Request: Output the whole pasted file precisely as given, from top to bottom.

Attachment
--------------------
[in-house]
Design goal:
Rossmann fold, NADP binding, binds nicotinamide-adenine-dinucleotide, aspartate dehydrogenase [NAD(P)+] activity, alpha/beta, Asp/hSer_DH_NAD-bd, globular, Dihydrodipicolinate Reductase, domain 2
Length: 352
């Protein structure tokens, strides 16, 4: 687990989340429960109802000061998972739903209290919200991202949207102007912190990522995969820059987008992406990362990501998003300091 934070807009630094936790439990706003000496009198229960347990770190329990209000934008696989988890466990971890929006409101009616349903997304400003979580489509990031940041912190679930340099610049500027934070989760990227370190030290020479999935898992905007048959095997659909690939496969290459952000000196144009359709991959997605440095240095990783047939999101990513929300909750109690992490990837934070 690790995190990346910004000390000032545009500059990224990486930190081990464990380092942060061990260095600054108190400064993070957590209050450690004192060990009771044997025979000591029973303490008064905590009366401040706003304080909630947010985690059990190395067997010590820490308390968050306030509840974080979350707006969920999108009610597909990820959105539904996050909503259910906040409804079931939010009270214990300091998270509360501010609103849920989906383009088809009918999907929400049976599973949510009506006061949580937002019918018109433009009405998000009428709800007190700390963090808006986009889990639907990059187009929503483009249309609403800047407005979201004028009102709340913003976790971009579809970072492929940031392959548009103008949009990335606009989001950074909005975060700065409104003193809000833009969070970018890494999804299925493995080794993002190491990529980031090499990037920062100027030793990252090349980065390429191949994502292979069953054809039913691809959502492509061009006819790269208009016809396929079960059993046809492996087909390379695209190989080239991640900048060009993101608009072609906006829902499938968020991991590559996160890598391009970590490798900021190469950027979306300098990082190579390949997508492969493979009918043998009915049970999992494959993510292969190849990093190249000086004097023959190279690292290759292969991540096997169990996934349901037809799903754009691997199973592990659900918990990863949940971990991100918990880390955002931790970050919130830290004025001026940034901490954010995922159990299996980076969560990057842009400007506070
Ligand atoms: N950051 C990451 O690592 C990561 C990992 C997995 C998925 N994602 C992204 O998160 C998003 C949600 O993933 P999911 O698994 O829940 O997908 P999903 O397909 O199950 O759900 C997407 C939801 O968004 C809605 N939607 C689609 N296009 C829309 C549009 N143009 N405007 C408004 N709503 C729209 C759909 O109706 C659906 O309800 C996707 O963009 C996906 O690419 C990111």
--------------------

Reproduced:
[in-house]
Design goal:
Rossmann fold, NADP binding, binds nicotinamide-adenine-dinucleotide, aspartate dehydrogenase [NAD(P)+] activity, alpha/beta, Asp/hSer_DH_NAD-bd, globular, Dihydrodipicolinate Reductase, domain 2
Length: 352
């Protein structure tokens, strides 16, 4: 687990989340429960109802000061998972739903209290919200991202949207102007912190990522995969820059987008992406990362990501998003300091 934070807009630094936790439990706003000496009198229960347990770190329990209000934008696989988890466990971890929006409101009616349903997304400003979580489509990031940041912190679930340099610049500027934070989760990227370190030290020479999935898992905007048959095997659909690939496969290459952000000196144009359709991959997605440095240095990783047939999101990513929300909750109690992490990837934070 690790995190990346910004000390000032545009500059990224990486930190081990464990380092942060061990260095600054108190400064993070957590209050450690004192060990009771044997025979000591029973303490008064905590009366401040706003304080909630947010985690059990190395067997010590820490308390968050306030509840974080979350707006969920999108009610597909990820959105539904996050909503259910906040409804079931939010009270214990300091998270509360501010609103849920989906383009088809009918999907929400049976599973949510009506006061949580937002019918018109433009009405998000009428709800007190700390963090808006986009889990639907990059187009929503483009249309609403800047407005979201004028009102709340913003976790971009579809970072492929940031392959548009103008949009990335606009989001950074909005975060700065409104003193809000833009969070970018890494999804299925493995080794993002190491990529980031090499990037920062100027030793990252090349980065390429191949994502292979069953054809039913691809959502492509061009006819790269208009016809396929079960059993046809492996087909390379695209190989080239991640900048060009993101608009072609906006829902499938968020991991590559996160890598391009970590490798900021190469950027979306300098990082190579390949997508492969493979009918043998009915049970999992494959993510292969190849990093190249000086004097023959190279690292290759292969991540096997169990996934349901037809799903754009691997199973592990659900918990990863949940971990991100918990880390955002931790970050919130830290004025001026940034901490954010995922159990299996980076969560990057842009400007506070
Ligand atoms: N950051 C990451 O690592 C990561 C990992 C997995 C998925 N994602 C992204 O998160 C998003 C949600 O993933 P999911 O698994 O829940 O997908 P999903 O397909 O199950 O759900 C997407 C939801 O968004 C809605 N939607 C689609 N296009 C829309 C549009 N143009 N405007 C408004 N709503 C729209 C759909 O109706 C659906 O309800 C996707 O963009 C996906 O690419 C990111």